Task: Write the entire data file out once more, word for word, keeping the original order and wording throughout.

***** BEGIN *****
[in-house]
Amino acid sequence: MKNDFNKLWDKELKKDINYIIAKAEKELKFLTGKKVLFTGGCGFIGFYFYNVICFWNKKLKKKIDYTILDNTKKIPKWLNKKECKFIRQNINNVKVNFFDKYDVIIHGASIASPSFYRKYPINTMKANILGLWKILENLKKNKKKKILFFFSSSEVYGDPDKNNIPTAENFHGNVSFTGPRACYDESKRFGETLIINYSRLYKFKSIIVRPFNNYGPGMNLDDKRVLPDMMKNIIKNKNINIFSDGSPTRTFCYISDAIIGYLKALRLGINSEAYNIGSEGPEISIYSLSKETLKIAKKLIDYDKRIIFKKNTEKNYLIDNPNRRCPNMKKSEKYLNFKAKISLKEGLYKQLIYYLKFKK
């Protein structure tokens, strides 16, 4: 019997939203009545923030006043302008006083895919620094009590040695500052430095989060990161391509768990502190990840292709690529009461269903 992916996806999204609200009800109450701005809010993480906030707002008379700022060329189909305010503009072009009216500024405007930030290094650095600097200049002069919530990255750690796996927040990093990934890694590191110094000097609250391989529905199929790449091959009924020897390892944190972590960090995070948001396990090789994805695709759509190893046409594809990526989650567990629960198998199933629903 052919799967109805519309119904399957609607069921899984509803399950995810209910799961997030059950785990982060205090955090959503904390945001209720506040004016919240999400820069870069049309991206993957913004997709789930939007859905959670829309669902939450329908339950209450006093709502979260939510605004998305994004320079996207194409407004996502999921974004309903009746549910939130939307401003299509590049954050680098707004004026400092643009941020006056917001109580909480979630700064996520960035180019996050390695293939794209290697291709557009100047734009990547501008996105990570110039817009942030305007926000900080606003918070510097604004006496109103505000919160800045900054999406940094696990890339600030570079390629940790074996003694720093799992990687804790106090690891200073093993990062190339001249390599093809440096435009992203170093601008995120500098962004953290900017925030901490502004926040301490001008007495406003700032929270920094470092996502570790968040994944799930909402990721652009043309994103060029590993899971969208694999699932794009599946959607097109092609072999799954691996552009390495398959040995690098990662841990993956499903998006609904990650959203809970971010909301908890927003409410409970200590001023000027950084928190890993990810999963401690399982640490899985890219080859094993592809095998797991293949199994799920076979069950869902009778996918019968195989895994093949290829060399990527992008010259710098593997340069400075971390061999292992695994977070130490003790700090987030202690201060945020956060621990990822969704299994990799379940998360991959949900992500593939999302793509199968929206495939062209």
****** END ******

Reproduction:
[in-house]
Amino acid sequence: MKNDFNKLWDKELKKDINYIIAKAEKELKFLTGKKVLFTGGCGFIGFYFYNVICFWNKKLKKKIDYTILDNTKKIPKWLNKKECKFIRQNINNVKVNFFDKYDVIIHGASIASPSFYRKYPINTMKANILGLWKILENLKKNKKKKILFFFSSSEVYGDPDKNNIPTAENFHGNVSFTGPRACYDESKRFGETLIINYSRLYKFKSIIVRPFNNYGPGMNLDDKRVLPDMMKNIIKNKNINIFSDGSPTRTFCYISDAIIGYLKALRLGINSEAYNIGSEGPEISIYSLSKETLKIAKKLIDYDKRIIFKKNTEKNYLIDNPNRRCPNMKKSEKYLNFKAKISLKEGLYKQLIYYLKFKK
């Protein structure tokens, strides 16, 4: 019997939203009545923030006043302008006083895919620094009590040695500052430095989060990161391509768990502190990840292709690529009461269903 992916996806999204609200009800109450701005809010993480906030707002008379700022060329189909305010503009072009009216500024405007930030290094650095600097200049002069919530990255750690796996927040990093990934890694590191110094000097609250391989529905199929790449091959009924020897390892944190972590960090995070948001396990090789994805695709759509190893046409594809990526989650567990629960198998199933629903 052919799967109805519309119904399957609607069921899984509803399950995810209910799961997030059950785990982060205090955090959503904390945001209720506040004016919240999400820069870069049309991206993957913004997709789930939007859905959670829309669902939450329908339950209450006093709502979260939510605004998305994004320079996207194409407004996502999921974004309903009746549910939130939307401003299509590049954050680098707004004026400092643009941020006056917001109580909480979630700064996520960035180019996050390695293939794209290697291709557009100047734009990547501008996105990570110039817009942030305007926000900080606003918070510097604004006496109103505000919160800045900054999406940094696990890339600030570079390629940790074996003694720093799992990687804790106090690891200073093993990062190339001249390599093809440096435009992203170093601008995120500098962004953290900017925030901490502004926040301490001008007495406003700032929270920094470092996502570790968040994944799930909402990721652009043309994103060029590993899971969208694999699932794009599946959607097109092609072999799954691996552009390495398959040995690098990662841990993956499903998006609904990650959203809970971010909301908890927003409410409970200590001023000027950084928190890993990810999963401690399982640490899985890219080859094993592809095998797991293949199994799920076979069950869902009778996918019968195989895994093949290829060399990527992008010259710098593997340069400075971390061999292992695994977070130490003790700090987030202690201060945020956060621990990822969704299994990799379940998360991959949900992500593939999302793509199968929206495939062209």